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Seeds May Rival Prostate Cancer Surgery

Implanted Radioactive Seeds Less Likely to Cause Side Effects
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WebMD Health News

Oct. 5, 2004 (Atlanta) -- One of the largest and longest studies ever undertaken of radioactive "seed" implants for prostate cancer shows that men who undergo the procedure live at least as long, if not longer, than those who opt for surgery, researchers report.

In the study of nearly 1,500 Long Island prostate cancer patients treated with seed therapy, 93% were alive 12 years later -- "pretty much the same as we would expect with surgery," says Louis Potters, MD, medical director of the New York Prostate Institute at South Nassau Communities Hospital in Oceanside, N.Y.

Speaking at the annual meeting of the American Society for Therapeutic Radiology and Oncology, Potters says prostate cancer survival was even better when experienced doctors with solid success rates performed the procedure.

Seed Therapy Offers Faster Recovery

"There are a lot of advantages to the seed therapy," he tells WebMD. "It's minimally invasive -- no cutting, no suturing. You're discharged two hours later, with no physical restrictions. The procedure is well tolerated."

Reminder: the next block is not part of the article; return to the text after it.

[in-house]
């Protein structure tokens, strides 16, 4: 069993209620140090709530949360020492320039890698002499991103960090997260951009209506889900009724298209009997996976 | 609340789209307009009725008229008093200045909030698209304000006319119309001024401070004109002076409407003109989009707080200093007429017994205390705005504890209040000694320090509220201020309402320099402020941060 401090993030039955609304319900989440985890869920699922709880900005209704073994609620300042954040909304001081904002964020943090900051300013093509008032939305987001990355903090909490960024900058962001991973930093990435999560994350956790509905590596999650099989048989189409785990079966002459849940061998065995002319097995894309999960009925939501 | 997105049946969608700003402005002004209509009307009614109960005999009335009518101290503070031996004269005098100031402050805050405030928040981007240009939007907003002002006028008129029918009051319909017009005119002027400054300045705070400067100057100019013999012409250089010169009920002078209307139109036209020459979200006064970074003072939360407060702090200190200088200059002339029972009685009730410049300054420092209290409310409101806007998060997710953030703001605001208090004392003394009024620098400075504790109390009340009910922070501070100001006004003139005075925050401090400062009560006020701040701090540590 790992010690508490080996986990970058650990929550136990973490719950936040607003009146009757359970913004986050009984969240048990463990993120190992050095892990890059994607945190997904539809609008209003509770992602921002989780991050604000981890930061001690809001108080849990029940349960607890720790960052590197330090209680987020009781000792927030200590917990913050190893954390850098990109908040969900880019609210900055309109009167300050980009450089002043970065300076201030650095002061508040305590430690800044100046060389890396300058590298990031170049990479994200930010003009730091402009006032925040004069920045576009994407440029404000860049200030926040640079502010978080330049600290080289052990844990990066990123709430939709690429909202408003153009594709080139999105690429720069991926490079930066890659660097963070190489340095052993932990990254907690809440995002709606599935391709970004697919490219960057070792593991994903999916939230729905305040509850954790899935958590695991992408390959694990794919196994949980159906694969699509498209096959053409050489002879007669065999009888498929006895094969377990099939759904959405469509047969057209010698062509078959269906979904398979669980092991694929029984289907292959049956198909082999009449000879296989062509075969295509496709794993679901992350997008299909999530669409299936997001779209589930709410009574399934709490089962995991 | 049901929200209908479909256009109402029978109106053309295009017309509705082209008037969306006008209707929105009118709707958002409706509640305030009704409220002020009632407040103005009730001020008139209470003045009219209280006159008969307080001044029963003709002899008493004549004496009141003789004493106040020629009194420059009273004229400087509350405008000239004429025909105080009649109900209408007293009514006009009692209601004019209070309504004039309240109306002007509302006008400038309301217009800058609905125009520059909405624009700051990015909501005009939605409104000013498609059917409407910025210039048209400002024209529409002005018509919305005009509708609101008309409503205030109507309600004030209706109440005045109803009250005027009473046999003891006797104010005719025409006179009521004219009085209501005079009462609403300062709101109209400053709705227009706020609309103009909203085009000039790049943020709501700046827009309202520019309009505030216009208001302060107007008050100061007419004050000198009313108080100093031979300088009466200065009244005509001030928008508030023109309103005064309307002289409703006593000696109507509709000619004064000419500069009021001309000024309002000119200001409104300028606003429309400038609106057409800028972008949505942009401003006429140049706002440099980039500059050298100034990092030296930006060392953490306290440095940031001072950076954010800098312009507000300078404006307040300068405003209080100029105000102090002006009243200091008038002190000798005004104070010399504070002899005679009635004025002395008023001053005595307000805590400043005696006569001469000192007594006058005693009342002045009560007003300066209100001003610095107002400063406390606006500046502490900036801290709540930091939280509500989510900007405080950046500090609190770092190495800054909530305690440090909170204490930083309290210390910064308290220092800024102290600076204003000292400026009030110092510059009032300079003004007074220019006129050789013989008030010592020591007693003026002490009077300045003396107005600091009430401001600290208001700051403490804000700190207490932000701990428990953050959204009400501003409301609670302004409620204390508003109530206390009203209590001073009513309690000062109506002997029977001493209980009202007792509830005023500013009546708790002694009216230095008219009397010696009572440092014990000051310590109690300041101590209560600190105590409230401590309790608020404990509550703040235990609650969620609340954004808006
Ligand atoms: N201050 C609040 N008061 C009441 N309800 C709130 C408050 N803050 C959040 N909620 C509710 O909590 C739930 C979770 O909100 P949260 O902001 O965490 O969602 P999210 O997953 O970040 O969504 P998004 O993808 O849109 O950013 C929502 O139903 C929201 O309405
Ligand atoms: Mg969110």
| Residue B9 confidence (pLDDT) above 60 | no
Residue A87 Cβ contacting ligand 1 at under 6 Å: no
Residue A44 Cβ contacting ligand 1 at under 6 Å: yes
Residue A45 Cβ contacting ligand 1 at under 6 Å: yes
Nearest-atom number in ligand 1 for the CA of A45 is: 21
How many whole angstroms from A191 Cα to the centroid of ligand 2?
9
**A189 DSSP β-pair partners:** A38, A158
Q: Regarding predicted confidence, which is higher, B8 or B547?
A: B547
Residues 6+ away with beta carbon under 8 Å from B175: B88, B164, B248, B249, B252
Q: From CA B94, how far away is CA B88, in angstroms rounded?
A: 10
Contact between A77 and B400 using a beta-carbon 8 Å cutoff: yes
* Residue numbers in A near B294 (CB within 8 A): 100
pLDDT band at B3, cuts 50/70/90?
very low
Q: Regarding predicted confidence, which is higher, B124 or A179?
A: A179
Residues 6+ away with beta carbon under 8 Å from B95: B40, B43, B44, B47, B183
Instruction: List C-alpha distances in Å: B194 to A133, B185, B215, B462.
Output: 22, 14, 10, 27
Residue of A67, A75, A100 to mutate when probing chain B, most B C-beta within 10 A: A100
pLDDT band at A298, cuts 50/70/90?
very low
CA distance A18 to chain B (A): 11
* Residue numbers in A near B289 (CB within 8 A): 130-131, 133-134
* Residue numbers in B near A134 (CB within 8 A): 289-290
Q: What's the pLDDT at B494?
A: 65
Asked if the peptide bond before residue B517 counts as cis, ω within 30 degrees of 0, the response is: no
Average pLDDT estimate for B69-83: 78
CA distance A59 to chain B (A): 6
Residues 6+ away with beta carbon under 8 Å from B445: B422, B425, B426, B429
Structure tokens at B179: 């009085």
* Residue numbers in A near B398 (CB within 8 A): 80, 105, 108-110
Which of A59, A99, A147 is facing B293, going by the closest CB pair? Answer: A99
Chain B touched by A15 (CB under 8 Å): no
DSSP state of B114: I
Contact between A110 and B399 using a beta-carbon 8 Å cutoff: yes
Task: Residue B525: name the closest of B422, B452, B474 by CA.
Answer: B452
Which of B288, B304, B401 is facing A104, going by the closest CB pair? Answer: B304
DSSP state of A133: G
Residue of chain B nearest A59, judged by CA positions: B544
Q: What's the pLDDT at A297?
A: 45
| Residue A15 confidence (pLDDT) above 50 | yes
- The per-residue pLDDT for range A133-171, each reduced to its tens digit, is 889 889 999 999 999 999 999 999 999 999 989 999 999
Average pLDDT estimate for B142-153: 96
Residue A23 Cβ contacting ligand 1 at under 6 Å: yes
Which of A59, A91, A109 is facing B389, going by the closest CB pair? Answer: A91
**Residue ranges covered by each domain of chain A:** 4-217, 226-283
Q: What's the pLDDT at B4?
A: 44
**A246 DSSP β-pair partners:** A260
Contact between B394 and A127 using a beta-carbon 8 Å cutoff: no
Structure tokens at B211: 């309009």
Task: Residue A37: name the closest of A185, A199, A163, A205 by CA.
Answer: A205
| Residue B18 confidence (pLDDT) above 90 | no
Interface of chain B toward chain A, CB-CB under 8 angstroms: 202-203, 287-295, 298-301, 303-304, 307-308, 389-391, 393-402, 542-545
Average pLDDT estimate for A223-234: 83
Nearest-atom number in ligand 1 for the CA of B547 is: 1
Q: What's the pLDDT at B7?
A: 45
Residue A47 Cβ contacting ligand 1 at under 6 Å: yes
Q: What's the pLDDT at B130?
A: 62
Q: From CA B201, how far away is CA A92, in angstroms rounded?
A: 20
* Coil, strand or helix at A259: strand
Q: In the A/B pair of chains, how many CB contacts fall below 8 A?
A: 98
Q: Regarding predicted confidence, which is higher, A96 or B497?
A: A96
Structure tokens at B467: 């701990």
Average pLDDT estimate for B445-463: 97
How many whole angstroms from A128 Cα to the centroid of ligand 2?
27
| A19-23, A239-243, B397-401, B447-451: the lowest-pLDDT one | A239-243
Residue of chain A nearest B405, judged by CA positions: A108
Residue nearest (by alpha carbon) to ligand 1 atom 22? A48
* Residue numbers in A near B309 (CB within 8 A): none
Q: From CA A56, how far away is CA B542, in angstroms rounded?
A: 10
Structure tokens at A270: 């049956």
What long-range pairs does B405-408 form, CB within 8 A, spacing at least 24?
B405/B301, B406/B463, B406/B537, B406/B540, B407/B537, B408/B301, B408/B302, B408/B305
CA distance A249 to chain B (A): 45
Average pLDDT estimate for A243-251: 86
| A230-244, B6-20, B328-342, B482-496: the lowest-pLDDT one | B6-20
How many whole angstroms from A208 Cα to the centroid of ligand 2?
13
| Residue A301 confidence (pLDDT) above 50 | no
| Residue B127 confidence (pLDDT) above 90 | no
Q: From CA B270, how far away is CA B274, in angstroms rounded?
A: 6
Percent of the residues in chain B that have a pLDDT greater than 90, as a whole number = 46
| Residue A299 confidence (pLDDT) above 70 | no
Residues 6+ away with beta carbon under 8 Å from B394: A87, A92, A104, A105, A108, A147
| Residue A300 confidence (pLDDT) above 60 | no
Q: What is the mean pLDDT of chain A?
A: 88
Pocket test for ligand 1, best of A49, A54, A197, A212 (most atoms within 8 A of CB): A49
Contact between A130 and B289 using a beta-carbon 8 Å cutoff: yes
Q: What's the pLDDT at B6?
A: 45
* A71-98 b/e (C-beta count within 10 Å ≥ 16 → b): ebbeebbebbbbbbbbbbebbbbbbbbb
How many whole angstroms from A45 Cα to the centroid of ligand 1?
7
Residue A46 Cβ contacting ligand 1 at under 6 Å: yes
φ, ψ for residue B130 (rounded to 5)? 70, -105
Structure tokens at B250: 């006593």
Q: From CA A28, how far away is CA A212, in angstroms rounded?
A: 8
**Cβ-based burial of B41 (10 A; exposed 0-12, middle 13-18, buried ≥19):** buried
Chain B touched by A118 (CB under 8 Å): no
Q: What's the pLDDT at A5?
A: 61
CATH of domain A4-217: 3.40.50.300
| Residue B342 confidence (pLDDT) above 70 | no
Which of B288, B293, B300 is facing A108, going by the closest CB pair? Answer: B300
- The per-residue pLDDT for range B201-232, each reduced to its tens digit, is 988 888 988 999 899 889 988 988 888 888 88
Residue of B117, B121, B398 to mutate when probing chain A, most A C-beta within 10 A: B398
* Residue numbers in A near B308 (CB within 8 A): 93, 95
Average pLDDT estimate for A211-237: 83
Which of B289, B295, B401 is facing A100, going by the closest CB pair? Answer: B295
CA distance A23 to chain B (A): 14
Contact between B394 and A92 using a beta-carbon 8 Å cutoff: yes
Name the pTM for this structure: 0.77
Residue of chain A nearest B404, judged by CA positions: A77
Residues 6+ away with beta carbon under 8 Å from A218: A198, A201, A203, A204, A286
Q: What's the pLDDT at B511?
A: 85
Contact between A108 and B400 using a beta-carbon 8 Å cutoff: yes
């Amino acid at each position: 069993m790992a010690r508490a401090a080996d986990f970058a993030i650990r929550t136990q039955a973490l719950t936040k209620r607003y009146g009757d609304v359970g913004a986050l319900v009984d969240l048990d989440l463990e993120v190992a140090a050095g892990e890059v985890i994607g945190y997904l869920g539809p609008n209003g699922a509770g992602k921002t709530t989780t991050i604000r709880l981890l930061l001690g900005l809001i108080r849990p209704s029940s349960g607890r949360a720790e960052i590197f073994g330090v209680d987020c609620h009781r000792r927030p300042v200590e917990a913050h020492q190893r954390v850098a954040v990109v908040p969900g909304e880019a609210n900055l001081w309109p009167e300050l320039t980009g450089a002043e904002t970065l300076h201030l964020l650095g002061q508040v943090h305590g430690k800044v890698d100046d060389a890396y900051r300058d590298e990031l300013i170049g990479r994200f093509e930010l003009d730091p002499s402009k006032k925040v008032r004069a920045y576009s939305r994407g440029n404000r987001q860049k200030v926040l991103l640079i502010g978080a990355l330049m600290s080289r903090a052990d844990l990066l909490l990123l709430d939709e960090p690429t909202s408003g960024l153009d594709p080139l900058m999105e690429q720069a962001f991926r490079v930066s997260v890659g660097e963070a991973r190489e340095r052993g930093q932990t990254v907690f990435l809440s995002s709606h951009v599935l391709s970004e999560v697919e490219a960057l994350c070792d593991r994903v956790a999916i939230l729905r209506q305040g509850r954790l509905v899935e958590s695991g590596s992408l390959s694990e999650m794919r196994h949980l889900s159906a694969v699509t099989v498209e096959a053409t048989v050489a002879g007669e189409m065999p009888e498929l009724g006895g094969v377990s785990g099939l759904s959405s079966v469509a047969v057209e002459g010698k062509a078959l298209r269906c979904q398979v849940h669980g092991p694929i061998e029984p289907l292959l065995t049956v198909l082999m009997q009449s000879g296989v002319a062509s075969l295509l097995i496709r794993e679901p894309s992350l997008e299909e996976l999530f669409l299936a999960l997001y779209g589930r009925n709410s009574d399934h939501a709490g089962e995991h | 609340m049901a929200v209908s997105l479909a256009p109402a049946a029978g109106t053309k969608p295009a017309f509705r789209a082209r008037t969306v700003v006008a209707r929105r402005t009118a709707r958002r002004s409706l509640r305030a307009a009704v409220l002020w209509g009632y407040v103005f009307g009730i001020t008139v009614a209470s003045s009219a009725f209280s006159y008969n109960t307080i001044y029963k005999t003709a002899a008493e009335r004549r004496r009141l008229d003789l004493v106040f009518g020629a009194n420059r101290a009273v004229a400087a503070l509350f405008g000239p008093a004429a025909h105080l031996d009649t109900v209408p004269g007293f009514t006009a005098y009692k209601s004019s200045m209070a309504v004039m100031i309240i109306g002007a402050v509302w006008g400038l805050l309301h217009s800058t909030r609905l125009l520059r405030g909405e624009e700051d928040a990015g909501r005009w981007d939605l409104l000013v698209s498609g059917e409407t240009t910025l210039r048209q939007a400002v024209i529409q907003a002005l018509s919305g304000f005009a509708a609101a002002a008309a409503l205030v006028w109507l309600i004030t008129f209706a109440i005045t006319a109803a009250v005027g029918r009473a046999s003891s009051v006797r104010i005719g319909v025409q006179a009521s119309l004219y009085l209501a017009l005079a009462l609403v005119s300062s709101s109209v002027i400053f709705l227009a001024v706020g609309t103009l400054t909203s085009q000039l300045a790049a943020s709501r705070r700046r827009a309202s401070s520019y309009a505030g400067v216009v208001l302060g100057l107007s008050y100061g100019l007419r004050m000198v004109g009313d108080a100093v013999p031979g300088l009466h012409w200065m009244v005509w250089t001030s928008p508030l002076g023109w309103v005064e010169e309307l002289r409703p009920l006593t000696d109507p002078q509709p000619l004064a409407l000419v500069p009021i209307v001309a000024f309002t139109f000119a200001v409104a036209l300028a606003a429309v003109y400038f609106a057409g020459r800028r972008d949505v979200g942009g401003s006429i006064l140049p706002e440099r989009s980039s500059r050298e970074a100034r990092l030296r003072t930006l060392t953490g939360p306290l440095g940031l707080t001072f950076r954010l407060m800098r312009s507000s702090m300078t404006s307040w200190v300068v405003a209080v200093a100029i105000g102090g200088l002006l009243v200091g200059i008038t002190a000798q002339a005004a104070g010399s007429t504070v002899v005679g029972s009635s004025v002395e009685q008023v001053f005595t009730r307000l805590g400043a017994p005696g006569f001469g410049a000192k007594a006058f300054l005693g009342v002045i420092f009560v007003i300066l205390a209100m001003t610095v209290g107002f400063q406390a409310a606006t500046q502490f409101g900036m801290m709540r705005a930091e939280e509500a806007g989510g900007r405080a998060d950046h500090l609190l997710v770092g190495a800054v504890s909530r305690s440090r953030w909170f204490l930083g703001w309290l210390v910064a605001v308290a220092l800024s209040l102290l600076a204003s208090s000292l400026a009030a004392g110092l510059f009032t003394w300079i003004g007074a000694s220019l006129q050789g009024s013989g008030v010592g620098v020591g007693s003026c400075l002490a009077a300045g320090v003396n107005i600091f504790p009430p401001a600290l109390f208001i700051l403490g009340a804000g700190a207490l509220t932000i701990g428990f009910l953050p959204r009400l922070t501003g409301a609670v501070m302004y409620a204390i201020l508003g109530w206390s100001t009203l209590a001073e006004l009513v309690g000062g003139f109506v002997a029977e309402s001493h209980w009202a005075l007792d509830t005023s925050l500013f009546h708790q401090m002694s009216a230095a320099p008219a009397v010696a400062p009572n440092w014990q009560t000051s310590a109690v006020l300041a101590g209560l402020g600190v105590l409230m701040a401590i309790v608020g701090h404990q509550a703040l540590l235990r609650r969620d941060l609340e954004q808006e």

Prostate cancer surgery, on the other hand, can cause incontinence and impotence, Potters says.

John Blasko, MD, medical director of the Seattle Prostate Institute and discussant of Potters' talk at the meeting, agrees seed implants for prostate cancer offer certain advantages: "ease of treatment upfront, rapid return to normal activities, and lack of incontinence or impotence."

But, he says, prostate cancer surgery shouldn't be dismissed outright.

"People have a choice," says Blasko, who is clinical professor of radiation oncology at the University of Washington in Seattle. "Some men might prefer surgery because it offers answers upfront; you know right then and there if the cancer was confined to the prostate."

Also, PSA blood levels, which rise when a man has prostate cancer, stabilize within a few days to weeks after surgery, while they can take years to normalize after seed therapy. "This makes some people anxious," Blasko says. "Surgery gives them psychological reassurance."

Seeds for Prostate Cancer Becoming More Popular

Approximately 180,000 men in the U.S. are diagnosed with prostate cancer each year, and almost 90% have localized disease, meaning that the cancer has not spread to other parts of the body. These men are candidates for either seed therapy, called brachytherapy, or surgery. Another option is external radiation therapy, in which high-energy rays are used to kill prostate cancer cells.

More and more men are opting for seed implants: Some 35,000 to 40,000 procedures, representing about one in four cases of localized prostate cancer, were performed last year alone, says Potters.

Under ultrasound guidance, the rice grain-sized pellets are implanted into the prostate cancer. The number of seeds and where they are placed is determined by a computer-generated treatment plan tailored for each patient.

The approach allows a high dose of radiation to be delivered to the prostate while limiting damage to healthy surrounding tissues, he explains. The implants become inactive after about 10 months but remain in place permanently.

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